I came across a still from Jason and the Argonauts, which is a movie that had a profound influence on my formative years. I’d recommend seeing it for the Ray Harryhausen animation alone. So here’s my process.
I was going to document this step by step, but I was so enthusiastic about drawing my dad with the Fez I got him for Xmas that I forgot to document each step properly. I may go back and play with this image further, but for now it’s done. This is an ink wash and brush pen team-up with a little photoshop color tint.
I’ve decided to get back to basics: robots comin’ to town!
What love about robots in a city, aside from the obvious, is that it’s a great opportunity to test easier ways to draw cityscapes. You see, gentle reader, while I love looking at cityscapes, as I imagine many of ye do, I find drawing them labor intensive, time consuming, and sometimes boring. So the “robots in a cityscape” exercise is a three-pronged attack: practice cityscapes to become faster and generally more proficient at drawing something that can be un[pleasant to draw; discover new short cuts along the way;draw some robots.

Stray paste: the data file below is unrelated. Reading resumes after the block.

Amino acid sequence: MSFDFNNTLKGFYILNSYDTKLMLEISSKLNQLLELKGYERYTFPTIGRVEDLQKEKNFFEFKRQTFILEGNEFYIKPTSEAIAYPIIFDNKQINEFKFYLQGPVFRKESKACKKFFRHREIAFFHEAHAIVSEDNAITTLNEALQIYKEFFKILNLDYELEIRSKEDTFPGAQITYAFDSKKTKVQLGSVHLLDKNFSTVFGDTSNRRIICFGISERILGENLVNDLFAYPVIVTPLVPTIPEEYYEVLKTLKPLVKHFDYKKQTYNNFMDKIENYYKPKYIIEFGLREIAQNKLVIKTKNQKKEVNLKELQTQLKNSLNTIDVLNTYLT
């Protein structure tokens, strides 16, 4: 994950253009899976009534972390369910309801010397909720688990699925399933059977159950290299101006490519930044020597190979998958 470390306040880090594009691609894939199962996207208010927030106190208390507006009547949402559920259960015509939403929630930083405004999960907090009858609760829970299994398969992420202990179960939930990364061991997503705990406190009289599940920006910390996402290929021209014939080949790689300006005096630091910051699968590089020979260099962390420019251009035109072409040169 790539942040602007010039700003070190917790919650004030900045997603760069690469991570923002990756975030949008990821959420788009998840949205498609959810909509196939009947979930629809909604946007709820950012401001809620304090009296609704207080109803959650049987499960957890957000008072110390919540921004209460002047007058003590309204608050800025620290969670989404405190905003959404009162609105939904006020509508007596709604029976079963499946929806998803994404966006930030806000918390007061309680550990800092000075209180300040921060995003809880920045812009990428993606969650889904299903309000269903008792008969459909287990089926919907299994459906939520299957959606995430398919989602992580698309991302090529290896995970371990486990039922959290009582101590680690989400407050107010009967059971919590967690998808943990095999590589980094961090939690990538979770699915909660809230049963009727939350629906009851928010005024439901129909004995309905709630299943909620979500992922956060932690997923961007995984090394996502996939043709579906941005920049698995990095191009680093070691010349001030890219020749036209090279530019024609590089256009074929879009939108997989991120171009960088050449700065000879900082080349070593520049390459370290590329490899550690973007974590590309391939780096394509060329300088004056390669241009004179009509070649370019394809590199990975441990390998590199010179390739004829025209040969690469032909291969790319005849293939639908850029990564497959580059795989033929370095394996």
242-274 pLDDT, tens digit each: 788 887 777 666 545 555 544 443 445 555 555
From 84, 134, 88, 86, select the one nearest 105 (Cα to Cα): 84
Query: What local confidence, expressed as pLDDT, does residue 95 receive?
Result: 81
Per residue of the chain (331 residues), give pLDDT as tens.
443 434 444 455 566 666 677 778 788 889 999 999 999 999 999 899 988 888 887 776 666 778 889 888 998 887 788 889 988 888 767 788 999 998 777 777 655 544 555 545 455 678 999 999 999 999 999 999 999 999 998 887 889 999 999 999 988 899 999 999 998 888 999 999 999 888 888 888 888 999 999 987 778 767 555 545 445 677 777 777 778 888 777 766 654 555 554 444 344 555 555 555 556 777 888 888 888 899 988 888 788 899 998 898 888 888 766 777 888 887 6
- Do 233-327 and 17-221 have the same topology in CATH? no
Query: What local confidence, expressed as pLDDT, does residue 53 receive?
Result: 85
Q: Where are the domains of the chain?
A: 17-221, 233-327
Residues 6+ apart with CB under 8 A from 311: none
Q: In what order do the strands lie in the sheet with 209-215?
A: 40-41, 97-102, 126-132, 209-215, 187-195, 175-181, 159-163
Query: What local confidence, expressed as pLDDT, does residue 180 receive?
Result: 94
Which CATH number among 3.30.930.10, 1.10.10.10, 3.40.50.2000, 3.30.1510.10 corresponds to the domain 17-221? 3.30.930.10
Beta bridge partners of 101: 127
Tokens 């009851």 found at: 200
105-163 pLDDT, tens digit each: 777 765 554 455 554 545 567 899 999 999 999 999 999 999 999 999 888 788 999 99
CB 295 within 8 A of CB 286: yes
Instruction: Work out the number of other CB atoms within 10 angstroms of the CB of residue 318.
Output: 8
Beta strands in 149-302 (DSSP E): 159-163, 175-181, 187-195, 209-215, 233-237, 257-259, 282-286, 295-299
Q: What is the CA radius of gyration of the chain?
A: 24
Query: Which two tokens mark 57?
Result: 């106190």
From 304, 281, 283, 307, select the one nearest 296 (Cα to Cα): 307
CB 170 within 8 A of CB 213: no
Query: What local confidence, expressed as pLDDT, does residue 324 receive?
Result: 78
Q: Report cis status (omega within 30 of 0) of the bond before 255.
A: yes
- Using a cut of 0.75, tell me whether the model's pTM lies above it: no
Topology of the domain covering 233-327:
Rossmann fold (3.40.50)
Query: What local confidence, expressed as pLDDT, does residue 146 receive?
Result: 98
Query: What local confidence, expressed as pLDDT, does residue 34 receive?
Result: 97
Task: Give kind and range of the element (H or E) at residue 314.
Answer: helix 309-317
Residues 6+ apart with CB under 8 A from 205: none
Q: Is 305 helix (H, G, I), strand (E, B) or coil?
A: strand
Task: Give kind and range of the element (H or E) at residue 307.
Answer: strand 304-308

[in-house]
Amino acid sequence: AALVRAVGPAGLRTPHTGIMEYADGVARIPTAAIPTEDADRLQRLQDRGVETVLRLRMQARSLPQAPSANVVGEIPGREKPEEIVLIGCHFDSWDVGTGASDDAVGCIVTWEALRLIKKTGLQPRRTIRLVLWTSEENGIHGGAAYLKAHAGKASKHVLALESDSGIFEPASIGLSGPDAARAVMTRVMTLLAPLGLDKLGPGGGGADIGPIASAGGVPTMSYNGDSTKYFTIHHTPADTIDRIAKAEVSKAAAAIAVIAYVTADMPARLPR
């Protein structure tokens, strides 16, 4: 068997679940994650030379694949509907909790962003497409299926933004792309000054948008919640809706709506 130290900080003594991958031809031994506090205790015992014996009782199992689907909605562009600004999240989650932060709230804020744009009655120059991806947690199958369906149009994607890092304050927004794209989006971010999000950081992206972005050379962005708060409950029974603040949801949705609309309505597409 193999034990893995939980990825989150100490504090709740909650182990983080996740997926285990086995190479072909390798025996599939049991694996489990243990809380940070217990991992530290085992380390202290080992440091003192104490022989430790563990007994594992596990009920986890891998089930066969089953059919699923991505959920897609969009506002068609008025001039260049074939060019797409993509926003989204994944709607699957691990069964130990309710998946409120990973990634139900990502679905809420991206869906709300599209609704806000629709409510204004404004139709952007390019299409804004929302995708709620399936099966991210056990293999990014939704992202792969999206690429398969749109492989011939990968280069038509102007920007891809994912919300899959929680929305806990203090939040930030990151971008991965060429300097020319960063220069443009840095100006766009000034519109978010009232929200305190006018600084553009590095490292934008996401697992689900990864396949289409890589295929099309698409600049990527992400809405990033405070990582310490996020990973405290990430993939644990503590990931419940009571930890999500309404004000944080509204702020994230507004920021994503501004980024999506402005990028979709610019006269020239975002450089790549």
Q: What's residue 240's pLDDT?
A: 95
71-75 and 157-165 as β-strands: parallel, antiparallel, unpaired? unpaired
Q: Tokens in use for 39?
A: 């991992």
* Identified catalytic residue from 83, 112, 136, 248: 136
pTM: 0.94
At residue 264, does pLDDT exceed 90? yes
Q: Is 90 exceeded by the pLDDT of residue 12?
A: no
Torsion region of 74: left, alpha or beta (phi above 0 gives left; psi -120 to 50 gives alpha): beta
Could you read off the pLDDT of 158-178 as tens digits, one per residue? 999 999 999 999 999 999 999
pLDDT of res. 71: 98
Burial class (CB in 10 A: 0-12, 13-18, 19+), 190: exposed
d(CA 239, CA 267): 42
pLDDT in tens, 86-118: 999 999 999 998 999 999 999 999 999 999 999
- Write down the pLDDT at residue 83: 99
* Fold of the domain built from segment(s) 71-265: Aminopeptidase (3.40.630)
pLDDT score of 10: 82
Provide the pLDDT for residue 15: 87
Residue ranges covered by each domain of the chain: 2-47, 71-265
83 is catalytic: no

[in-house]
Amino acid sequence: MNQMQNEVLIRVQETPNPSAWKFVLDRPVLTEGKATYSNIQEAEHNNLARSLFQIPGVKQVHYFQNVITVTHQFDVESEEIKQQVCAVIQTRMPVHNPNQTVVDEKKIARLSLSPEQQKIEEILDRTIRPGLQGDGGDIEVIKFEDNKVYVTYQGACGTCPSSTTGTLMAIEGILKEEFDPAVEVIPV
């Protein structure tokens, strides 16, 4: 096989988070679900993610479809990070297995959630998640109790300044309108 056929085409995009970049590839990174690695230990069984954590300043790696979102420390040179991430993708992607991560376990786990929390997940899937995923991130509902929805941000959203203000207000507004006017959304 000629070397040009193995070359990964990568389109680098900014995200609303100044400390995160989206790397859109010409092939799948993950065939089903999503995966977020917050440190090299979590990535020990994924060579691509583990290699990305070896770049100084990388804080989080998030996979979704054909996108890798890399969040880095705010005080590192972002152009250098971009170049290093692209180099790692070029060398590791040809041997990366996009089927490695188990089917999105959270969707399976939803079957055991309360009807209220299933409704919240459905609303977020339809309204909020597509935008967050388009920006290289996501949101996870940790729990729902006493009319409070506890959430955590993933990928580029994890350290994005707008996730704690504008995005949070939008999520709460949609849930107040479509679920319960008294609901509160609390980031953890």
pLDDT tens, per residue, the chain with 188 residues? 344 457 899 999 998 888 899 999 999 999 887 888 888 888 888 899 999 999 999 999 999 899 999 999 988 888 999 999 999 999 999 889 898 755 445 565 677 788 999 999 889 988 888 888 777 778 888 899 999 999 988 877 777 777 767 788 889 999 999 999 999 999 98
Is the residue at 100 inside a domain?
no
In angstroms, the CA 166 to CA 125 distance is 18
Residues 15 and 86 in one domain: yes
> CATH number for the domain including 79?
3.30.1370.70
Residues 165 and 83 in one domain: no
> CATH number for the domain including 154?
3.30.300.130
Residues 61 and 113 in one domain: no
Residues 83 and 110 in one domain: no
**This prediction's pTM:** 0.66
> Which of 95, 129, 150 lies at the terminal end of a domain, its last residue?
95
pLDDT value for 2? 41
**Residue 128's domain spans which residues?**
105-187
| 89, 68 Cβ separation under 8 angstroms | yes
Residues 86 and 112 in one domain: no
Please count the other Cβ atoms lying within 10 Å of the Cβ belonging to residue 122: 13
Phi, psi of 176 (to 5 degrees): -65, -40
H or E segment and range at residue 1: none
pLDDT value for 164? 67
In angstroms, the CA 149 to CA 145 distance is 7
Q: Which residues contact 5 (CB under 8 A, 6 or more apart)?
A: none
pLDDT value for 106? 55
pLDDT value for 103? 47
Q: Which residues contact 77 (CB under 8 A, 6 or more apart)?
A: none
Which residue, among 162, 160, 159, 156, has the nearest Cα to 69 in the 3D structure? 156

I have embarked on a Delicate Adventure to make a strong table presence for my web comic Delicate Adventures.
I drew up some basic plans here, keeping in mind the needs of this statuette, such as a pedestal for stability and a sign that locks into the egg with a peg.
Next, I pass this file off to my friend who can 3D print the egg, the pedestal, and the egg itself.
Once everything is printed, this is what it looks like.
Here is the final egg, painted (by my friend with the 3D printer) and assembled! If you see Delicate Adventures and me at a convention, look out for this beautiful statue!
Whoo-ee! Another long absence, eh? Sorry, folks. I’ve had a lot of pots boiling, and frankly still do, but it’s time to update everyone on at least something that I’ve been up to.
My friend from grad school (I never tire of saying that) is putting together a comic anthology of “unfortunate fanfic”, or hilariously mismatched combinations of genre. For example, “Old Boy Pokemon” is something you might see in this anthology.
With another friend from grad school, I did “Boy Meets Knight Rider”, a combination Boy Meets World and Knight Rider. Here’s a page sans text.